Scientists find the difference between love and lust in the brain


Feelings of love and lust identified in the brain by scientists for the first time.

Researchers at Concordia University in Montreal have successfully mapped out the brain regions that are implicated in our feelings of love and lust.

According to Medical Daily, Jim Pfaus, and his colleagues at the university, reviewed 20 different studies that included brain scans of people who viewed erotic photos versus those who viewed photos of loved ones.

The study found that two brain regions, the insula and striatum, are related to love and lust - read, "sexual desire."

ABC News reported that the research found that certain parts of the brain lit up with lust, including regions typically associated with pleasure from food or sex.

Other regions related to reward and behavioral conditioning were linked to love.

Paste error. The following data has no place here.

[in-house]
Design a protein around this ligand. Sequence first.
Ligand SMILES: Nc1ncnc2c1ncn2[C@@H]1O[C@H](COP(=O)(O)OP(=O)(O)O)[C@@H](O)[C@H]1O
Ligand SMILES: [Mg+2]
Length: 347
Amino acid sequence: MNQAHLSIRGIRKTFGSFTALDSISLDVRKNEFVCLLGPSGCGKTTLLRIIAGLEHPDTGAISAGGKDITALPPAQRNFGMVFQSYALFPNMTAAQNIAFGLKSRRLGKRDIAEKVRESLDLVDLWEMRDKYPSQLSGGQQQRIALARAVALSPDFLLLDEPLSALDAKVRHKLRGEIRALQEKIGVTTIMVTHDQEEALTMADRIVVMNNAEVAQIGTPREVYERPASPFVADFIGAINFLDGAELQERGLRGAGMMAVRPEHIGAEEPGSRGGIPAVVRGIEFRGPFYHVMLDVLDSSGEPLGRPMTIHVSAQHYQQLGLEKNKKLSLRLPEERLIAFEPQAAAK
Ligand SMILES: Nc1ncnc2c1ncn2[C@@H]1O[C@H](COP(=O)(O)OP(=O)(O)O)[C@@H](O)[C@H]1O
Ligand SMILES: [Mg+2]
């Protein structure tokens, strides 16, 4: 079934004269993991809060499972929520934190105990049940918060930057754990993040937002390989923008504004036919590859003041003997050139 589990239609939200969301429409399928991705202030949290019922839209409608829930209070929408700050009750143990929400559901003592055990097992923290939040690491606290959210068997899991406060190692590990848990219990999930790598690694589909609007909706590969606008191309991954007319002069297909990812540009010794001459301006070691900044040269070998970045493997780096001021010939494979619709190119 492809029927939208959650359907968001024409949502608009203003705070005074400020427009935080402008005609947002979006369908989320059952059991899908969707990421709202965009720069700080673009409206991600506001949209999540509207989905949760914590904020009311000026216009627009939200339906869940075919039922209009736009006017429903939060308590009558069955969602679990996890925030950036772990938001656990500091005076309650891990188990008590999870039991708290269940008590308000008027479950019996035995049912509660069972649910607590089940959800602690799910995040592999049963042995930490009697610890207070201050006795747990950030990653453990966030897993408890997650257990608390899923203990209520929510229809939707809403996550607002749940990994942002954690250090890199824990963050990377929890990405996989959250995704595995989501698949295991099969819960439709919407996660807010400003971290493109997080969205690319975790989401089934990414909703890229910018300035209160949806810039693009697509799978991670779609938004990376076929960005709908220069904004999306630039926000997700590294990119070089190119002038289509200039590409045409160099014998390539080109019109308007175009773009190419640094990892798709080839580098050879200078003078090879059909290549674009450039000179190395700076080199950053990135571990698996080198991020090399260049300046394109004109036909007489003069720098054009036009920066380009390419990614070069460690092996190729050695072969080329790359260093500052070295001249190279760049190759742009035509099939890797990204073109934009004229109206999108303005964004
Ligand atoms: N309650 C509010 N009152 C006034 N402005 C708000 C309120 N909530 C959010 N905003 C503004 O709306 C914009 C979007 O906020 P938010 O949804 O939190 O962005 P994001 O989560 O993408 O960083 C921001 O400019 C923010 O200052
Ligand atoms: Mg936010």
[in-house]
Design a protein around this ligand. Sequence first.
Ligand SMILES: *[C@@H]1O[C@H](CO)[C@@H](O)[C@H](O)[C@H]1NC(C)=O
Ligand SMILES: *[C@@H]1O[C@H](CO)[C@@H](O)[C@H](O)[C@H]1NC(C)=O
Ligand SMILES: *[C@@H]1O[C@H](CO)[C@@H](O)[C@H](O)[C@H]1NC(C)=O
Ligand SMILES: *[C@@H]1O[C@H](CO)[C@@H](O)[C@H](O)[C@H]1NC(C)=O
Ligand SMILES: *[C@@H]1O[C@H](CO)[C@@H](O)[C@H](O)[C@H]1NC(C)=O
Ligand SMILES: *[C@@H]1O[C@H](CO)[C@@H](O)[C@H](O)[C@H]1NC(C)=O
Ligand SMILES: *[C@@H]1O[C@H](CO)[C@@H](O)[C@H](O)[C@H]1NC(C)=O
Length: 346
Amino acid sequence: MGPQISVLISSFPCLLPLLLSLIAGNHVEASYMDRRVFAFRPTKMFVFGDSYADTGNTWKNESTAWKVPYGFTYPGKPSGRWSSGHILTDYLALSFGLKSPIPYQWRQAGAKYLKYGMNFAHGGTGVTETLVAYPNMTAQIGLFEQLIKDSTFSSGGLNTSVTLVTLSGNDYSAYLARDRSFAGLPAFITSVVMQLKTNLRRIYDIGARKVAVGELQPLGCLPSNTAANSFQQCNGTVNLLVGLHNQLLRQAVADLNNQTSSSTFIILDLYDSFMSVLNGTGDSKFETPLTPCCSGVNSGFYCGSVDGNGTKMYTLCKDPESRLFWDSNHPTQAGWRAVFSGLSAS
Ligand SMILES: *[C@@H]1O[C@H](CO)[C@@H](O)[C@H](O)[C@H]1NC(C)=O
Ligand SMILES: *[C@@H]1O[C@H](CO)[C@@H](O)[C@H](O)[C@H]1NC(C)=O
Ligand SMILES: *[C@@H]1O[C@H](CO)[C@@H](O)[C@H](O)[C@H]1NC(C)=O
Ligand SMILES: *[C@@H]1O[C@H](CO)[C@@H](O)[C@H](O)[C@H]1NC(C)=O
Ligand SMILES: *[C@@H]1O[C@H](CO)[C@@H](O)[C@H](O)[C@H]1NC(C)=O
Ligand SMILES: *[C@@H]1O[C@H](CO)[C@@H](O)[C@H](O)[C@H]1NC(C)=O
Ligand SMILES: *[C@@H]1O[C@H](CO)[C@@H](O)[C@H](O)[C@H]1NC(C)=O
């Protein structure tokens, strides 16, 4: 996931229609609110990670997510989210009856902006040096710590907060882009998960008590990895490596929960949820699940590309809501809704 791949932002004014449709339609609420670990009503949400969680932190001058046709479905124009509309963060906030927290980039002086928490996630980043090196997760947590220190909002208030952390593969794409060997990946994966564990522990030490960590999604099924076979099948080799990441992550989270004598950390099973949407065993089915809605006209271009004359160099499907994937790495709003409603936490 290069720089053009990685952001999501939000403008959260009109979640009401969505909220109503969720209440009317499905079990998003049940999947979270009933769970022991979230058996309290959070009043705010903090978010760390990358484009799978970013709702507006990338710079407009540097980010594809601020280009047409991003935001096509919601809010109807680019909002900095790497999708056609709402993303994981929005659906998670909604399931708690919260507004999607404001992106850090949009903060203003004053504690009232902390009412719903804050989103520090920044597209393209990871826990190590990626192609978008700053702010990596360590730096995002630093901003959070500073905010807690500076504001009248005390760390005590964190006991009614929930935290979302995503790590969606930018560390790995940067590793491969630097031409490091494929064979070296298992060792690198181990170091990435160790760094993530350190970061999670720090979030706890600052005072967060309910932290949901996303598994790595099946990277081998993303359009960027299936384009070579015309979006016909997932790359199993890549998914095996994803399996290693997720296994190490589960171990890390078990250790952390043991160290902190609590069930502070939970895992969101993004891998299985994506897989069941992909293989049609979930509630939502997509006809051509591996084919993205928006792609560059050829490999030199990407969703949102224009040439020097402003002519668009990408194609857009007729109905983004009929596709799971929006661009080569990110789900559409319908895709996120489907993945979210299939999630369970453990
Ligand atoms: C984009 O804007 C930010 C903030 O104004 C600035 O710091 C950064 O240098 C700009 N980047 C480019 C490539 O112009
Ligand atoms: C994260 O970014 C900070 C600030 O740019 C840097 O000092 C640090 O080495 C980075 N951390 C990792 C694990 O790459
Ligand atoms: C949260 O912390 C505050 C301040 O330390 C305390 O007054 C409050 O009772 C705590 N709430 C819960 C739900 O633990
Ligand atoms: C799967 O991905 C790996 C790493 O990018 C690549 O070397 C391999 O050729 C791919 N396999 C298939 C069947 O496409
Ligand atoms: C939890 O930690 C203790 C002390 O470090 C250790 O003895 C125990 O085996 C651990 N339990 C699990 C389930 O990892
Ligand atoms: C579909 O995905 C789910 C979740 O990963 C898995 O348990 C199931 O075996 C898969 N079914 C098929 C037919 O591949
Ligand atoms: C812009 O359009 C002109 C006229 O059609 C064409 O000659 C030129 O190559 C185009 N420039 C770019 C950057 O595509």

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Interestingly, the region associated with love was also that which typically triggers addictive behavior in drug addicts.

“We assign different language to love and sexual desire and addiction,” said Pfaus, reported ABC News.

“But really, they’re all being processed in a similar place. When we see this, the idea of love at first sight probably isn’t true. People are feeling desire.”

Over time say the researchers, lust can turn to love as new regions in the brain are activated.

“We didn’t know what to expect - the two could have ended up being completely separate. It turns out that love and desire activate specific but related areas in the brain,” Pfaus said, reported the Indian Express.

The study was published in the Journal of Sexual Medicine.

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